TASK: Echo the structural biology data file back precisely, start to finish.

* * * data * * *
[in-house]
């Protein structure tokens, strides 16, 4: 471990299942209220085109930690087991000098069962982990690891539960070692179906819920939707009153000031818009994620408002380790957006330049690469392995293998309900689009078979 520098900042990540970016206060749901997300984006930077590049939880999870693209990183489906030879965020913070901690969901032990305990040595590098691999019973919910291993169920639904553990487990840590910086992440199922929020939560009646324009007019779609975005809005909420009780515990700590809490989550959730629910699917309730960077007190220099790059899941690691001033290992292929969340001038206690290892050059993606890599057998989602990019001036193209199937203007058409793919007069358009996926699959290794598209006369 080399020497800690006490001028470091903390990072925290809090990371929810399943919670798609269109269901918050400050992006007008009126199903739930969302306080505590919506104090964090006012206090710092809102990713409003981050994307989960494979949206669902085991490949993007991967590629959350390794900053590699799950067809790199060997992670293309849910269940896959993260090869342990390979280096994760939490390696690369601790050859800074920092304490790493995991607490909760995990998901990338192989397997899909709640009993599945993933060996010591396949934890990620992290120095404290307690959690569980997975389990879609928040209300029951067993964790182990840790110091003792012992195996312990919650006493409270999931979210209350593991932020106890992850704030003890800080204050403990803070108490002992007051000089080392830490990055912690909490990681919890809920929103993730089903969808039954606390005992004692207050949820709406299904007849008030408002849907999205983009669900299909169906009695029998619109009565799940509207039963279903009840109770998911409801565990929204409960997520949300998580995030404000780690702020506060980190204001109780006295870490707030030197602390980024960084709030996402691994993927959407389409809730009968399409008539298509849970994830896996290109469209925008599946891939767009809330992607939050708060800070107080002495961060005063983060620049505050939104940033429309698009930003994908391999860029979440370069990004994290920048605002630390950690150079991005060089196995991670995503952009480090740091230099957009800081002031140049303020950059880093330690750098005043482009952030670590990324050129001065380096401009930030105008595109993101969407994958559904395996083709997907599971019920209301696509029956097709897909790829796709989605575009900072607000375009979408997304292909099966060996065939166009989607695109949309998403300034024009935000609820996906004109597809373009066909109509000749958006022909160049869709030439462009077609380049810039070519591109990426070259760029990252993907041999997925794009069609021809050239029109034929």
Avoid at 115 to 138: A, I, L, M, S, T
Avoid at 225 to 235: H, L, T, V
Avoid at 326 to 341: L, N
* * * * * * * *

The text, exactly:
[in-house]
């Protein structure tokens, strides 16, 4: 471990299942209220085109930690087991000098069962982990690891539960070692179906819920939707009153000031818009994620408002380790957006330049690469392995293998309900689009078979 520098900042990540970016206060749901997300984006930077590049939880999870693209990183489906030879965020913070901690969901032990305990040595590098691999019973919910291993169920639904553990487990840590910086992440199922929020939560009646324009007019779609975005809005909420009780515990700590809490989550959730629910699917309730960077007190220099790059899941690691001033290992292929969340001038206690290892050059993606890599057998989602990019001036193209199937203007058409793919007069358009996926699959290794598209006369 080399020497800690006490001028470091903390990072925290809090990371929810399943919670798609269109269901918050400050992006007008009126199903739930969302306080505590919506104090964090006012206090710092809102990713409003981050994307989960494979949206669902085991490949993007991967590629959350390794900053590699799950067809790199060997992670293309849910269940896959993260090869342990390979280096994760939490390696690369601790050859800074920092304490790493995991607490909760995990998901990338192989397997899909709640009993599945993933060996010591396949934890990620992290120095404290307690959690569980997975389990879609928040209300029951067993964790182990840790110091003792012992195996312990919650006493409270999931979210209350593991932020106890992850704030003890800080204050403990803070108490002992007051000089080392830490990055912690909490990681919890809920929103993730089903969808039954606390005992004692207050949820709406299904007849008030408002849907999205983009669900299909169906009695029998619109009565799940509207039963279903009840109770998911409801565990929204409960997520949300998580995030404000780690702020506060980190204001109780006295870490707030030197602390980024960084709030996402691994993927959407389409809730009968399409008539298509849970994830896996290109469209925008599946891939767009809330992607939050708060800070107080002495961060005063983060620049505050939104940033429309698009930003994908391999860029979440370069990004994290920048605002630390950690150079991005060089196995991670995503952009480090740091230099957009800081002031140049303020950059880093330690750098005043482009952030670590990324050129001065380096401009930030105008595109993101969407994958559904395996083709997907599971019920209301696509029956097709897909790829796709989605575009900072607000375009979408997304292909099966060996065939166009989607695109949309998403300034024009935000609820996906004109597809373009066909109509000749958006022909160049869709030439462009077609380049810039070519591109990426070259760029990252993907041999997925794009069609021809050239029109034929």
Avoid at 115 to 138: A, I, L, M, S, T
Avoid at 225 to 235: H, L, T, V
Avoid at 326 to 341: L, N